In my view, every “good,” or ethical imperative, is hypothetical. Hypothetical means that it always fits within a “If…., then…” statement. In other words, the goodness of a thing is entirely dependant on some other thing making it so. In the case of ethical goods, every statement resulting with a “should” (ethical imperative) begins with the assumption of a value: “If I value x, then I should do y” (If I value staying alive, I should eat food). Since I do not believe that any value is based on “absolute/intrinsic value,” I also believe that there is nothing that a person “absolutely should” do. There is no ethical imperative. People do things and they do not do things, based on things and that result in things.
There is only one value that I believe to be “universally” true about human beings (as well as all other living things), and I hesitate to label it as a value, but since it is constantly wrapped up among other values I will let the label stand. “Self-preservation” is what I am referring to. It could be called a value or an instinct. Either way, I believe that every life form, by nature of it being a life form, is concerned with preserving its own life. The impulse to preserve one’s life does not need to be taught. It is always there, regardless of what other values a person might have. The interesting thing about the value/instinct of self-preservation is that even though it is generally the strongest value/instinct I believe it is possible to have values which override it. In contrast to a number of ethical theorists, I do believe that a person can value altruism highly enough that in some instance(s) their value of it can override their instinct of self-preservation. I, of course, wouldn’t say that altruism is a good or bad thing, but I do believe it can exist. Similarly, a person who is suicidal or keen on euthanasia may have values concerning the quality of life which override the preservation of it. Abortion, too, could be spoken of here. Some would say that the preservation of the unborn child’s life is not enough a value to override the poor quality of life it would inevitably experience. Again, I’m only stating possible values in these matters, not ones that I believe are “right.”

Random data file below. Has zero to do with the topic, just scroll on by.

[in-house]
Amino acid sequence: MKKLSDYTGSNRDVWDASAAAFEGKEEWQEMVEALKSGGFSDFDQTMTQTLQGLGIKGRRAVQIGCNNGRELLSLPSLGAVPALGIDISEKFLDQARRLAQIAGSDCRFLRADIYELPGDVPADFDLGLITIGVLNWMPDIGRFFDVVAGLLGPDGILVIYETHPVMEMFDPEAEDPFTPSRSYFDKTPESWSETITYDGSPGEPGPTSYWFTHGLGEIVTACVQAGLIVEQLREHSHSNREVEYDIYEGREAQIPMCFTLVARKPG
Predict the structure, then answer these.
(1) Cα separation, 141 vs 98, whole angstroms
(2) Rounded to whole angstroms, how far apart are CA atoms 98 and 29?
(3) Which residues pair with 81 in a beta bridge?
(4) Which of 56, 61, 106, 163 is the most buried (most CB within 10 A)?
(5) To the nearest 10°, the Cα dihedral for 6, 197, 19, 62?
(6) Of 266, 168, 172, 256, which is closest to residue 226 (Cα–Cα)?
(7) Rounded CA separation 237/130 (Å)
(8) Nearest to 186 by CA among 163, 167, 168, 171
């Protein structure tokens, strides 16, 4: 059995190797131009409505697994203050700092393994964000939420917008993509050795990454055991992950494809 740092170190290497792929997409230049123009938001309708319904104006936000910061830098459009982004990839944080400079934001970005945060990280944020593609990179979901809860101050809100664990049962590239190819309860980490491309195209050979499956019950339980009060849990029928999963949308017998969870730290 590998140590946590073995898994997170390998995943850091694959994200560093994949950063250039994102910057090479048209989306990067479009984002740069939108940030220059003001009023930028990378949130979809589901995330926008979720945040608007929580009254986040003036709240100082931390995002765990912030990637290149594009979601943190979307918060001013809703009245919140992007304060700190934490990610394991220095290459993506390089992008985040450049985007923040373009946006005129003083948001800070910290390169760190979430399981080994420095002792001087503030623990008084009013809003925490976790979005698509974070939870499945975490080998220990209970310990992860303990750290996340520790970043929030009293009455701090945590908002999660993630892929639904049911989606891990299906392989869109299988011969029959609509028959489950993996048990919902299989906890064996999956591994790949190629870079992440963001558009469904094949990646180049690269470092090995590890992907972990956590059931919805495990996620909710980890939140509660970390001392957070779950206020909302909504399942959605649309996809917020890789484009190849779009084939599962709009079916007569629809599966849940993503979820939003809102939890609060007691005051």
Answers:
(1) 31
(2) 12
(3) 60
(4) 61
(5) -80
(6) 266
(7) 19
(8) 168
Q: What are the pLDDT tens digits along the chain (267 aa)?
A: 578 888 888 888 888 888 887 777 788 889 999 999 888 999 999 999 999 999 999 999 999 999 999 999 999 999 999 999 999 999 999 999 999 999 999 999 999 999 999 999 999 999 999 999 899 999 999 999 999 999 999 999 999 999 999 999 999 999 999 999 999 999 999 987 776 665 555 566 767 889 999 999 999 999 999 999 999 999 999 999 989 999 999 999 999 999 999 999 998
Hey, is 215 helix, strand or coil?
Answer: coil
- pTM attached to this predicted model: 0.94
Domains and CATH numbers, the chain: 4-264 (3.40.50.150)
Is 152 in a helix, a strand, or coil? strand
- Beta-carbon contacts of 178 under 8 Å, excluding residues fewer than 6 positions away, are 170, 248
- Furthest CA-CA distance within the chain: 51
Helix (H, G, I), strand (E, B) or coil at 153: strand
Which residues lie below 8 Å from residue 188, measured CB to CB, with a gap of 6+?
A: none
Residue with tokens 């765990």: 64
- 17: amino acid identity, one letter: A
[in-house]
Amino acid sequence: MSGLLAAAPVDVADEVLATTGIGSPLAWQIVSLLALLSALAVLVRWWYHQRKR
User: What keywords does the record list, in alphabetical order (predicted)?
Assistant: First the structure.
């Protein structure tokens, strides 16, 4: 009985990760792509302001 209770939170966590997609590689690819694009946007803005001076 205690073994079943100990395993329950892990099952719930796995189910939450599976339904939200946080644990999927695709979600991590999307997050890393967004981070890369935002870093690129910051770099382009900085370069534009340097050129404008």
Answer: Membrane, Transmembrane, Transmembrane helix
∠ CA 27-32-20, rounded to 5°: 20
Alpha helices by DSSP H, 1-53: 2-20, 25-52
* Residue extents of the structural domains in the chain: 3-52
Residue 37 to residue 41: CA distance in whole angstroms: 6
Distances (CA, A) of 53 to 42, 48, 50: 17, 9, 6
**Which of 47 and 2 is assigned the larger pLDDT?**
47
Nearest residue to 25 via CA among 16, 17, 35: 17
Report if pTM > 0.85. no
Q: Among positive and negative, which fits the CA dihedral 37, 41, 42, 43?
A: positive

The implications of my view on a political level can be understood by seeing laws being created based on “common values” (in a democratic society anyway). When a person commits a crime and is put in prison, s/he has done nothing “wrong,” in my view (no matter how atrocious the crime). It just so happens that the particular value that person had which led them to act in the way they did conflicted with the values of the majority, resulting in the majority acting on their values and sending him/her to prison. The case is similar in non-democratic societies, where it is not the majority that has the power. The main point is that in a society of people, we are invariably effected by the values of others, and most of all by those who are in power.
So, how are we to discern which values to base the rules of society on when there are no “absolute values?” I have nothing to say about the ones that we “should” choose, but I believe that the ones we naturally tend toward are the ones that lead to self or species preservation…unless we have values which override that (similar to the case of the individual). Most of the time, however, when it is made clear that our collective values aren’t leading to preservation of ourselves or humanity as a whole we self-correct, like any other life form concerned with its self-preservation, not because self-preservation is good or something we “ought” to do but because it just “is.”
In summary, I don’t believe there is any such thing as actual value, but I believe that the way in which humans value things says a great deal about the beings that we are.